I’m ready to say “no way,” as both sides are intolerably intolerant of the other.

The chasm is most gaping in any discussion of faith issues.  Religion and politics have become angry neighbors constantly arguing over how high to build the fence between them, what it should be made out of, what color it should be, should there be peek holes, should it be electrified with barbed wire to prevent moving back and forth, should there be a gate with or without a lock and who pays for the labor.   In a country founded on the principle of freedom of religion, there are more and more who believe our forefathers’ blood was shed for freedom from religion.

Give us the right to believe in nothing whatsoever or give us death. Perhaps both actually go together.

And so it goes.  We bring out the worst in our leadership as facts are distorted, the truth is stretched or completely abandoned, unseemly pandering abounds and curried favors are served for breakfast, lunch and dinner.

Enough already.

In the midst of this morass, we who want to believe still choose to believe.

There is just enough Light for those who seek it.  No need to remain blinded in the shadowlands of unbelief.

I’ll come out from under my rock if you do.

In fact…I think I just did.

 

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To Balance Upon a Broken World

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Summer ends now; now, barbarous in beauty, the
Stooks arise
Around; up above, what wind-walks! what
lovely behavior
Of silk-sack clouds!  Has wilder, willful-waiver
Meal-drift molded ever and melted across the skies?
~Gerard Manley Hopkins, “Hurrahing in Harvest”

 

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This afternoon was the colour of water falling through sunlight;
The trees glittered with the tumbling of leaves;
The sidewalks shone like alleys of dropped maple leaves,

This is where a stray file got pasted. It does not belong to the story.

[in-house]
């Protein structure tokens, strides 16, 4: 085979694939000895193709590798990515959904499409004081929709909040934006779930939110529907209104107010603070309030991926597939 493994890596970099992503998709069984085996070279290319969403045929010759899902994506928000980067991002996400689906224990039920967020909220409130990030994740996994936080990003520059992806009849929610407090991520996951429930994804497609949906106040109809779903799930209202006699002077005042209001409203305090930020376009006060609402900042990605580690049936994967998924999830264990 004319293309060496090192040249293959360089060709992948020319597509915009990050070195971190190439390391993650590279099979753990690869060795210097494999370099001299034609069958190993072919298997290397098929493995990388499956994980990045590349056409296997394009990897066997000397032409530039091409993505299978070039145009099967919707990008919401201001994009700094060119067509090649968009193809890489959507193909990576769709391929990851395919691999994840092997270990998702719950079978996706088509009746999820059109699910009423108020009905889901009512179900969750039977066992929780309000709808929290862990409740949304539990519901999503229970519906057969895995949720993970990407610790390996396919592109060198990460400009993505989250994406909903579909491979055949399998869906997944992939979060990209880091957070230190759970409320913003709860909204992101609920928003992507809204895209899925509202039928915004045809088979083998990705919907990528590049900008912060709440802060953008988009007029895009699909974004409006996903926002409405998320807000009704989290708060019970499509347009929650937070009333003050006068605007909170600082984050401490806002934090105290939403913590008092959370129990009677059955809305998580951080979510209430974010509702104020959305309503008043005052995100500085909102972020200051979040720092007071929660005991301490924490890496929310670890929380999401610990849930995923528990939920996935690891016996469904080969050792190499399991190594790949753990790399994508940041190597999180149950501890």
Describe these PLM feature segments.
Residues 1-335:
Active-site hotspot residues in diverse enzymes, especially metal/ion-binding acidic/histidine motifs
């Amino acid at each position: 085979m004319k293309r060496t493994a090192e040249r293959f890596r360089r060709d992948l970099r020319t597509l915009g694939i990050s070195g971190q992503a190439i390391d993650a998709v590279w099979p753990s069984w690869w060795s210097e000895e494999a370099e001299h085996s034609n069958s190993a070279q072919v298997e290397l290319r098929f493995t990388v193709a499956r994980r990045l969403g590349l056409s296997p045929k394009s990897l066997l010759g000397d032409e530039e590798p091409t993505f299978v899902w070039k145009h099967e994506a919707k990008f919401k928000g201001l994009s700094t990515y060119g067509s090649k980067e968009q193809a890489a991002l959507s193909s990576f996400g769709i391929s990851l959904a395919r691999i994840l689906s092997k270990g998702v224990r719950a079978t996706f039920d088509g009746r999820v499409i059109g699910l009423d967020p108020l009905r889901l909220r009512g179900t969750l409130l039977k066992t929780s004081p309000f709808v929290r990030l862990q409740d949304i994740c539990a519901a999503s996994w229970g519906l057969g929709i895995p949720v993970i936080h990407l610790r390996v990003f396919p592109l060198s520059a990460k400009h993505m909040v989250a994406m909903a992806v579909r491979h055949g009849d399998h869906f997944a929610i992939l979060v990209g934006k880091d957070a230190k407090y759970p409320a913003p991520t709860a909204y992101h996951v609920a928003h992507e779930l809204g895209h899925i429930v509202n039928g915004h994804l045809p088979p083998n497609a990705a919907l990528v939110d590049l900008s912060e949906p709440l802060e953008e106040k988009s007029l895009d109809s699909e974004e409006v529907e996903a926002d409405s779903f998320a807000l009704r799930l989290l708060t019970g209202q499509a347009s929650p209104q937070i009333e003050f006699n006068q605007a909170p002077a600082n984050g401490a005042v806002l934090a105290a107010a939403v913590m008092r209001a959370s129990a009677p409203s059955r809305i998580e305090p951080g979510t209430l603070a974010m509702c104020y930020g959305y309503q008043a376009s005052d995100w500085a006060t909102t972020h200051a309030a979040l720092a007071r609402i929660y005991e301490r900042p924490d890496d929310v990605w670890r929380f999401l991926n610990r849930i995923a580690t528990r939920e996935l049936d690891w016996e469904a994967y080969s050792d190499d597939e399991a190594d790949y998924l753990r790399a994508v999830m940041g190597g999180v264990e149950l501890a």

And the houses ran along them laughing out of square, open windows.
Under a tree in the park,
Two little boys, lying flat on their faces,
Were carefully gathering red berries
To put in a pasteboard box.
Some day there will be no war,
Then I shall take out this afternoon
And turn it in my fingers,
And remark the sweet taste of it upon my palate,
And note the crisp variety of its flights of leaves.
To-day I can only gather it
And put it into my lunch-box,
For I have time for nothing
But the endeavour to balance myself
Upon a broken world.
~Amy Lowell “September 1918”
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Am I the only one who awakes this morning with a prayer asking
that today be a day of healing between peoples rather than conflict and pain,
that the barbaric become peaceable~
no missiles launched,
no one gunned down in the streets,
no vehicles used as weapons,
no child misused,
no one sold into slavery,
no one abandoned, homeless and starving.
Am I the only one who awakes this morning and seeks only
to watch the clouds
to praise the heavens
to see the leaves turn color
to take out this day and taste it
and save it away somehow
so as to balance myself on this brokenness all around?
I am not the only one.
I know I am not.